Cloquet caps off historic run with third-place finishCracking a three-run, walk-off homer in last week’s Minnesota state softball tournament, Cloquet centerfielder Kayla Masessa approached home plate smiling from ear to ear.
By: Tyler Korby, Pine Journal
NORTH MANKATO – Cracking a three-run, walk-off homer in last week’s Minnesota state softball tournament, Cloquet centerfielder Kayla Masessa approached home plate smiling from ear to ear.
Much like she and her fellow Lumberjacks have done all postseason long.
Behind dreamlike moments like Masessa’s, Cloquet placed third in Class AA last Friday afternoon at Caswell Park in North Mankato, Minn. The finish was the highest for the program in school history.
Masessa’s blast was perhaps the peak of the Lumberjacks’ playoff run. Trailing 3-1 against Mound Westonka last Thursday in the opening day quarterfinals, the leadoff hitter sent the first pitch over the left centerfield fence with two outs in the final inning.
“At first I just thought I popped it up to left center,” Masessa said. “Then once I saw it go over, I couldn’t believe it. I still can’t believe it.”
An avid summer player, it was the senior’s first-ever homer in high school.
“It was a great feeling,” Masessa said. “It was just a lot of fun.”
In the 4-3 win over the White Hawks, Alyssa Michaelson led off the final inning with a walk, while winning pitcher Chandler Beaupre singled. Sammy Zeadow later popped up, and then Jade Benko struck out before Masessa’s fireworks.
“I was watching our runners and never actually saw the home run,” Cloquet Coach Ron Tondryk said. “The next thing I know the umpire was giving the home run signal. What a phenomenal finish. I’ve never seen anything like that.”
Masessa’s bomb sent streaking Cloquet into the state semifinals against St. Anthony Village that same night. Again behind – this time 3-0 in the final frame – the Lumberjacks rallied to load the bases with two outs and the winning run on second base before senior second baseman Kelly Carlson struck out.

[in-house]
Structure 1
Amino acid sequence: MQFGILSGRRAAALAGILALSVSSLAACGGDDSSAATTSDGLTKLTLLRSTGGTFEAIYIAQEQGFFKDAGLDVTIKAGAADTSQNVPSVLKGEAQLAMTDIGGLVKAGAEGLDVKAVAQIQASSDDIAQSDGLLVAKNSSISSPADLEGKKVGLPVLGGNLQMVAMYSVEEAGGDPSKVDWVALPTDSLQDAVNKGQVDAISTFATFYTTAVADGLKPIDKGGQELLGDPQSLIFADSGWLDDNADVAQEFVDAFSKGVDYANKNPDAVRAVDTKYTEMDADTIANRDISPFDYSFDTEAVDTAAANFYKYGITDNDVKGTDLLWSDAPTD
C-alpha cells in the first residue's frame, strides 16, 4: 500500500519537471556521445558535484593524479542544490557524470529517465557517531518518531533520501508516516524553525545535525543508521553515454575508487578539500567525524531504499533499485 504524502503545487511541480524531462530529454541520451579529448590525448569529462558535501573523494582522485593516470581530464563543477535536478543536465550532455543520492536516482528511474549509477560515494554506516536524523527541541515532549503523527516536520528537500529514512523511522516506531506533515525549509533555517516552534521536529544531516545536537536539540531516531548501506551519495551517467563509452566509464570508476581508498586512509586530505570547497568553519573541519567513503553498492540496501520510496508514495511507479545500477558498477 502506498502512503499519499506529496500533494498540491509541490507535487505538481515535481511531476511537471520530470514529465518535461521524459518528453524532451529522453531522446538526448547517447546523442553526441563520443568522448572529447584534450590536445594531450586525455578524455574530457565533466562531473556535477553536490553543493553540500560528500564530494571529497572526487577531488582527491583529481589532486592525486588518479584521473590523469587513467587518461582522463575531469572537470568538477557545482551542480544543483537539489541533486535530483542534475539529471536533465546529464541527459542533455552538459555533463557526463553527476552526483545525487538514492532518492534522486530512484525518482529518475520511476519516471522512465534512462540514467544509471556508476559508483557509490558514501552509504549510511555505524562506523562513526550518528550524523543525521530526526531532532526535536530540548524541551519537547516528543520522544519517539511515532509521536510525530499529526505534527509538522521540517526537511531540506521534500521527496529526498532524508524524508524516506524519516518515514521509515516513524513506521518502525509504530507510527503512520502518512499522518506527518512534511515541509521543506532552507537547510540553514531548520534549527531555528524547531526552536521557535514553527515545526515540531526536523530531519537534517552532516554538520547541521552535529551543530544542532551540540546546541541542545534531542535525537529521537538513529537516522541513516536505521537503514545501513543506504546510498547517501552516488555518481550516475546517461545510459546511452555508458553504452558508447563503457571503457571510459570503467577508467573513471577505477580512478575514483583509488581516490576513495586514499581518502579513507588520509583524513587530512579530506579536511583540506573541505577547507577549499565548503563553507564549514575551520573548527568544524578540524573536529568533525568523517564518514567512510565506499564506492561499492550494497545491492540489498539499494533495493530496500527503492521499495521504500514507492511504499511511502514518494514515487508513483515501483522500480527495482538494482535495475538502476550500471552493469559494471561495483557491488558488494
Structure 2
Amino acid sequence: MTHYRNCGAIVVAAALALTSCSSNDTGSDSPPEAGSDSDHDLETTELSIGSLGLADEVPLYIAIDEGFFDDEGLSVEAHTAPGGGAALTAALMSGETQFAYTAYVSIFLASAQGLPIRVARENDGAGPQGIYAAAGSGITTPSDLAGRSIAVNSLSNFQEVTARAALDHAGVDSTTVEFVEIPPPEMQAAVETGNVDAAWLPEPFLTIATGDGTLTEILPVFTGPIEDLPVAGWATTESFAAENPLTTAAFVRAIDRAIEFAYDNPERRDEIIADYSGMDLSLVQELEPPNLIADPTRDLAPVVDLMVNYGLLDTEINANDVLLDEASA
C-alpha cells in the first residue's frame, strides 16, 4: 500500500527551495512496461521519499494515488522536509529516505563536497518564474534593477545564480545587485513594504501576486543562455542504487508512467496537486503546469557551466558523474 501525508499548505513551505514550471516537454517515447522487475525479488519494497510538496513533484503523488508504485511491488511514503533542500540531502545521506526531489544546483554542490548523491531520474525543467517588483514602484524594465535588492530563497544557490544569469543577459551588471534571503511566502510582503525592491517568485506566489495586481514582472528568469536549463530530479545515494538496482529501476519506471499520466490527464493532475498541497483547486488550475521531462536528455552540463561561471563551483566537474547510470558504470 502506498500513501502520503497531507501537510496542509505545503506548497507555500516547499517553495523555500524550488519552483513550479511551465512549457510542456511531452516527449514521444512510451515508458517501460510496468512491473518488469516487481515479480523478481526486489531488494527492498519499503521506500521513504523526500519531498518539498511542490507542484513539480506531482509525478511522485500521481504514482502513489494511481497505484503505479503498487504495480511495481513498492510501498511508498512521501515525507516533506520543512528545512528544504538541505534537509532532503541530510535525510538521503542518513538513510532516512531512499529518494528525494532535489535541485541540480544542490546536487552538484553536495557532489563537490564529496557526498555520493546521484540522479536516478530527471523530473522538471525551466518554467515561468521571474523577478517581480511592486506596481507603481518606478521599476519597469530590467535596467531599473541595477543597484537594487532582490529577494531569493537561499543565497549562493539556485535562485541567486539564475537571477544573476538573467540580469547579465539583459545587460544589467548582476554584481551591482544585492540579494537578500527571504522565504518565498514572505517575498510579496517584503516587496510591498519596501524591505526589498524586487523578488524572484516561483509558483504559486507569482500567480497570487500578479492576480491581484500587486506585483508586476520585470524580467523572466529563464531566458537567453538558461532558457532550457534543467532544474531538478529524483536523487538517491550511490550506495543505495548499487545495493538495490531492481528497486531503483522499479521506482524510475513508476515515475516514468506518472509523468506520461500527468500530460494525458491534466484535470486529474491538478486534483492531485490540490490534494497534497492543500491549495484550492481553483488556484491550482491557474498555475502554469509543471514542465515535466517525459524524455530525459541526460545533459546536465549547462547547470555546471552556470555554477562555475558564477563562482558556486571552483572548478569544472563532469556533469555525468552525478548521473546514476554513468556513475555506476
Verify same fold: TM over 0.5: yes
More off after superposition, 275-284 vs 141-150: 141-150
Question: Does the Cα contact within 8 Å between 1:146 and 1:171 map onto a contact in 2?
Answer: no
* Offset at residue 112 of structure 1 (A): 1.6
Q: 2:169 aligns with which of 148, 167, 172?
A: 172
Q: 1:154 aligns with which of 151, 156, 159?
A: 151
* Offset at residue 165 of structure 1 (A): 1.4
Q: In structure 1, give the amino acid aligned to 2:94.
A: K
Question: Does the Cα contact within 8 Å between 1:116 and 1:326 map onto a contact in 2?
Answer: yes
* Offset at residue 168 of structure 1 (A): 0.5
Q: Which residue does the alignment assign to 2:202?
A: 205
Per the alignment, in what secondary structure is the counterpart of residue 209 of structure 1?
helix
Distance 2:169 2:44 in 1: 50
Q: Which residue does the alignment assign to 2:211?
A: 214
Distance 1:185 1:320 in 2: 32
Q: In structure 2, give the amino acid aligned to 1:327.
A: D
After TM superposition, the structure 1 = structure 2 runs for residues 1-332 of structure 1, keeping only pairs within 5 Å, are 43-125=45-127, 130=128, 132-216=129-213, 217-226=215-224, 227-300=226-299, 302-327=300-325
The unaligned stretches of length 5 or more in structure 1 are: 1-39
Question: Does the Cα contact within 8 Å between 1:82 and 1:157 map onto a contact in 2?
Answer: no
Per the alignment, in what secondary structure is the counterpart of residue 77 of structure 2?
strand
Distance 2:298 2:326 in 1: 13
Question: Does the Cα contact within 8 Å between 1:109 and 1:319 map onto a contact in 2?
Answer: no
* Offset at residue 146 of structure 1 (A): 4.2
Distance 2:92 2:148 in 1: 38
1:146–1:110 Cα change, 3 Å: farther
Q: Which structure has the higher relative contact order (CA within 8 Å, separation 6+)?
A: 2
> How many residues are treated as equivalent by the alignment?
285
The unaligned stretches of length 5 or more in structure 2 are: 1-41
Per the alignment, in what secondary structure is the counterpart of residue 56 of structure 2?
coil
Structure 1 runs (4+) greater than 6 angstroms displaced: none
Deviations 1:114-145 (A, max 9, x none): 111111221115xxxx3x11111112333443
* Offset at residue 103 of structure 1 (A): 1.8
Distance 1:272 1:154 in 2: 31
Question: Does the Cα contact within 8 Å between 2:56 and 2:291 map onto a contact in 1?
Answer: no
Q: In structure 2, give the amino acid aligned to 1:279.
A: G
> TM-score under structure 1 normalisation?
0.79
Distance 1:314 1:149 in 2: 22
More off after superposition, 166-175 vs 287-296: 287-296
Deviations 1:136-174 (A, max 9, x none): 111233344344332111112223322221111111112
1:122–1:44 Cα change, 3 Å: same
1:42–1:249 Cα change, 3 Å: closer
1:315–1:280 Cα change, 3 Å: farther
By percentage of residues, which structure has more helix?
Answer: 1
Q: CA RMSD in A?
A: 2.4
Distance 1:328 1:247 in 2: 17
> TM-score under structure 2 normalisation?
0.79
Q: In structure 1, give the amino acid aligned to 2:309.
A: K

It was Cloquet’s only loss in a postseason season stretch in which they won seven of eight games in 18 days.
“It was tough to go out like we did in that second game at state, but in this game you have to have a short memory,” Carlson said. “We had to move on to the next day. I think we showed people how good we are.”
Cloquet toppled Maple Lake 8-3 the following afternoon to secure their third-place finish. Carlson led the way going 3-for-4, while classmate Shania Paulson roped a three-run double that put the Lumberjacks up for good. Beaupre got the win in the circle, allowing only two hits compared to Cloquet’s 11 the day before.
“We didn’t have much time to think about the loss and feel bad about the night before,” Tondryk said. “Sure the loss was hard, but we turned around right away. Right when we got on the bus that morning I knew the girls were ready to go.”
Among Cloquet’s memorable stretch were some special wins, including a no-hitter against Moose Lake-Willow River, a last-out victory over previous 10-time defending champion Hermantown, and Masessa’s unforgettable walk-off.
“I don’t know what to say,” Carlson said. “I think a lot of people thought it was a fluke that we beat Hermantown, but we were all confident in our chances going down to state. And we took third. That’s great.”
Both Carlson and senior shortstop Dalyce Gustafson were named to the Class AA All-Tournament team. Tondryk was also named the Section 7AA Coach of the Year by the Minnesota Girls Softball Coaches Association. Cloquet finished the year 16-10 and were one of just 18 – of 364 – teams to play on the season’s final day at Caswell Park.
“The girls were on a mission,” said Tondryk, who was an assistant coach for Cloquet’s last state team that took consolation. “You have to give these seniors all the credit in the world. These girls have always wanted to get here. It was nice to accomplish our goal and, I think, exceed our goal. It was something pretty special.”
Carlson is one of seven seniors who graduated this year and will move on from Cloquet next fall. She said her time has been well spent from the high school season to the summer growing up a ball player.
“It was definitely worth the effort every practice we had in the summer when we were younger,” said Carlson, who sports two youth state championship plaques at home. “This was just one last hoorah for us.”
“I’ve played with these seniors since I can remember,” Masessa added. “We worked hard, battled all tournament long and came together. We were playing Cloquet softball. This was all amazing. It was a great way to end it.”